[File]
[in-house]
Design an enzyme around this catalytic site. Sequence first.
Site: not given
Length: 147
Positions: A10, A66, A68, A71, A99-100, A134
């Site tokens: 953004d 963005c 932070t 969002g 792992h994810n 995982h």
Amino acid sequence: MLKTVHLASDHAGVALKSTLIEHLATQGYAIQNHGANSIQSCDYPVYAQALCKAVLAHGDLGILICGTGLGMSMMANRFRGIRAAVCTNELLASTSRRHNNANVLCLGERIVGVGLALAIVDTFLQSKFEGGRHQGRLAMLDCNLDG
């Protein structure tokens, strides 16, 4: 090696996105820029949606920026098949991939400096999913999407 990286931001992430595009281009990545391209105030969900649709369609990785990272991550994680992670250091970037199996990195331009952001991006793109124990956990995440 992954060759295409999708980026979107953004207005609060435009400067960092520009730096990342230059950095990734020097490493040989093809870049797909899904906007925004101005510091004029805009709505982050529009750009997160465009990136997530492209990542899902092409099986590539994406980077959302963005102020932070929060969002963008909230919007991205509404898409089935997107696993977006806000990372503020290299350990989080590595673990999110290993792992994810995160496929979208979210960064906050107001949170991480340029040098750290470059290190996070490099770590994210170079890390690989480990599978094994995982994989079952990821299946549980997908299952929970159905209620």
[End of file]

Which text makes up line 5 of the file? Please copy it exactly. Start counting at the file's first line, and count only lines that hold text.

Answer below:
Positions: A10, A66, A68, A71, A99-100, A134